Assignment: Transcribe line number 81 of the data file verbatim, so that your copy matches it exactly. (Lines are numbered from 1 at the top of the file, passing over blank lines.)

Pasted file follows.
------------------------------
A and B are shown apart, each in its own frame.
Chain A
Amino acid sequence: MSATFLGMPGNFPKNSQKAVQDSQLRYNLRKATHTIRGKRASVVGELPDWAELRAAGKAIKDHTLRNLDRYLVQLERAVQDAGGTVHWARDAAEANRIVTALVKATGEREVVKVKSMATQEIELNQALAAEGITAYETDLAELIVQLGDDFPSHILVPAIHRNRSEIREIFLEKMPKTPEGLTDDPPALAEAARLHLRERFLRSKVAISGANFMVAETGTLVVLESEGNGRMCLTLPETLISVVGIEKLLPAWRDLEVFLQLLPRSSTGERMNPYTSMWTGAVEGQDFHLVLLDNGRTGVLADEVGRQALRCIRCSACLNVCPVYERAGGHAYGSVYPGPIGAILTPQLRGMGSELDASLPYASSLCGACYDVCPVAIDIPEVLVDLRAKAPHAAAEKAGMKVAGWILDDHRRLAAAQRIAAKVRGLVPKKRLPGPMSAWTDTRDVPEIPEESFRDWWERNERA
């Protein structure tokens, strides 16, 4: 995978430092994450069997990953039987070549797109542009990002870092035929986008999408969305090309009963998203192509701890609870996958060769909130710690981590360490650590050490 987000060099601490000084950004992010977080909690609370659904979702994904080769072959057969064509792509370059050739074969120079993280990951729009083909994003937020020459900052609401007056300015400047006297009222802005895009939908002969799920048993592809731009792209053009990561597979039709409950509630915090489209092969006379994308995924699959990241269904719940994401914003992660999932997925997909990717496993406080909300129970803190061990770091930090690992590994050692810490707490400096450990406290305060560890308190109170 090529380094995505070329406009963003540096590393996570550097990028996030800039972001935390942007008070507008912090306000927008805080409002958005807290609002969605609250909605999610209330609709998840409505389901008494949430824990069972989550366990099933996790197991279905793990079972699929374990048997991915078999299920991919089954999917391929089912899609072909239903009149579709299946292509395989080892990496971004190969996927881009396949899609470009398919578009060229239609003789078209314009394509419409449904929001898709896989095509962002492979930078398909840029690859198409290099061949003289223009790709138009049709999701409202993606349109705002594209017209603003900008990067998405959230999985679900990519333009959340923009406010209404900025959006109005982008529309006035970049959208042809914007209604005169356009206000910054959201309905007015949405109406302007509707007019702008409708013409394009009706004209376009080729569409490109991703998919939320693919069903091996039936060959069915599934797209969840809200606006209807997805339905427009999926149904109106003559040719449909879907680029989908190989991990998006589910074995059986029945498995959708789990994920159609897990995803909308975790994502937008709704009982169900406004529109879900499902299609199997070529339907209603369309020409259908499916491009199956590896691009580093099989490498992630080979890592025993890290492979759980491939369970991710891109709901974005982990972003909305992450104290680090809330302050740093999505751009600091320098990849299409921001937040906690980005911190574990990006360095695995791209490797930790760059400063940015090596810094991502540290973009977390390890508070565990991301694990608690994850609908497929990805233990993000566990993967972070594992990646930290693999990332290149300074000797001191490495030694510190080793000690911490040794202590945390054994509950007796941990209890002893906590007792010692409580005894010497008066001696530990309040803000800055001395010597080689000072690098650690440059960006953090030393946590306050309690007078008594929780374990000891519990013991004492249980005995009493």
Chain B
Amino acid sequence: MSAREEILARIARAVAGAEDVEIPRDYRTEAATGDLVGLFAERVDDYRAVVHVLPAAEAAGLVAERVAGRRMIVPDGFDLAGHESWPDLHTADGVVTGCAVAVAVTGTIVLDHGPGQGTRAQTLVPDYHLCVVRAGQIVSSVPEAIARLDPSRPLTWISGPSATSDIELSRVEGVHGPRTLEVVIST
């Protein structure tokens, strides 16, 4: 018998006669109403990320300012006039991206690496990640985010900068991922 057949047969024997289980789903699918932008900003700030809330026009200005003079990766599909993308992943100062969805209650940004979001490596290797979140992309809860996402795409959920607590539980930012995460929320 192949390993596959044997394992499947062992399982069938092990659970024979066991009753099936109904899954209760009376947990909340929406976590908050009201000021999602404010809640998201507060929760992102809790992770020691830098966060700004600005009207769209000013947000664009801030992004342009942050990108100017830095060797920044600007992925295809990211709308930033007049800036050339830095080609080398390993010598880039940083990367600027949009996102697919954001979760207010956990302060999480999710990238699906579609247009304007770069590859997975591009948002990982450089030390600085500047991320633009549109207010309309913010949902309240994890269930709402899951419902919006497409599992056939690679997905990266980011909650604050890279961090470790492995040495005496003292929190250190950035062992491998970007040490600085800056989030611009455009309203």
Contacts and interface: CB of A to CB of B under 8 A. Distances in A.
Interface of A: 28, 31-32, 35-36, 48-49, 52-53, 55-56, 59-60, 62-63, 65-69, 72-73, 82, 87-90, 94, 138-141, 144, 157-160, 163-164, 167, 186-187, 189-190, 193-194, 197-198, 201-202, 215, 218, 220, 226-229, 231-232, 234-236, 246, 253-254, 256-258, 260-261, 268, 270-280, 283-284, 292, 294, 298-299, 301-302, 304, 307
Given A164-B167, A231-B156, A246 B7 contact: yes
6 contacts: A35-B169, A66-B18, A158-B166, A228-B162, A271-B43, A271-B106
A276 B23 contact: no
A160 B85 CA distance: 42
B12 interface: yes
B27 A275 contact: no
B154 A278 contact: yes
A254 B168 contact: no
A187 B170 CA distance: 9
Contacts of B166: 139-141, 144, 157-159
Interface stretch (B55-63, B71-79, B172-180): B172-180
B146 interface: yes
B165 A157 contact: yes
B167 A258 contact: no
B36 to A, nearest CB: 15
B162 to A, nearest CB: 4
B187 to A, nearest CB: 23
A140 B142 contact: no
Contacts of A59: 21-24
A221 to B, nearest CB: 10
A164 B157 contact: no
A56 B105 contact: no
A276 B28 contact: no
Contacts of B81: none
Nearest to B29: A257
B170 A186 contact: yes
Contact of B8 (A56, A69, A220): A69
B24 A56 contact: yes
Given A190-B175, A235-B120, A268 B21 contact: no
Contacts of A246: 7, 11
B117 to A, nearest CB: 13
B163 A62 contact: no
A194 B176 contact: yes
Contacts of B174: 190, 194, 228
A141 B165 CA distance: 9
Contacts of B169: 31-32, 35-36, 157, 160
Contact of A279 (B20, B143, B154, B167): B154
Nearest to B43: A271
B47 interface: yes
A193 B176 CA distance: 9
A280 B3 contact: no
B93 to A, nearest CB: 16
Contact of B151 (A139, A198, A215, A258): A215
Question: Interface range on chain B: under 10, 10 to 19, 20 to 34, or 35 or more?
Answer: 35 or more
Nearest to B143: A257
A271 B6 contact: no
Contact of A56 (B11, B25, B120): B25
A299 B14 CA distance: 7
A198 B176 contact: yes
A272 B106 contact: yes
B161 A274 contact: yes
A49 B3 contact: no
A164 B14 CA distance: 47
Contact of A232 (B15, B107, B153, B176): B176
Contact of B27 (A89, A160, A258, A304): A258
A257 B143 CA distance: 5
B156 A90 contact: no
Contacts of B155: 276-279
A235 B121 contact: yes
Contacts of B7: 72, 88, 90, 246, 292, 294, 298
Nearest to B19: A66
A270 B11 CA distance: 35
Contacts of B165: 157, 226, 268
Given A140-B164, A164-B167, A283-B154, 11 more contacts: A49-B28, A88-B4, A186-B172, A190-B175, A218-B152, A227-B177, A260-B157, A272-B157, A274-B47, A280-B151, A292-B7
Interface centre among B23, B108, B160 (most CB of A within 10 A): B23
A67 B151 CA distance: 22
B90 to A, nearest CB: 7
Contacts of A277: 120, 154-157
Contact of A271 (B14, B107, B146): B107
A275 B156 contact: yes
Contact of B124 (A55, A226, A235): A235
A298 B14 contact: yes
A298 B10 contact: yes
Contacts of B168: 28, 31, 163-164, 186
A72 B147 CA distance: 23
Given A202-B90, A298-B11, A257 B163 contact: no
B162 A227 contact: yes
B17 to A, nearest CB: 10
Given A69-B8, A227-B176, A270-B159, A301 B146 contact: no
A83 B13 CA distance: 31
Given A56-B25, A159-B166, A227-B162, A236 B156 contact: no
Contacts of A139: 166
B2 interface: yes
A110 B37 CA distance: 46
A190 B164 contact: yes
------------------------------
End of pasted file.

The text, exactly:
Contact of B124 (A55, A226, A235): A235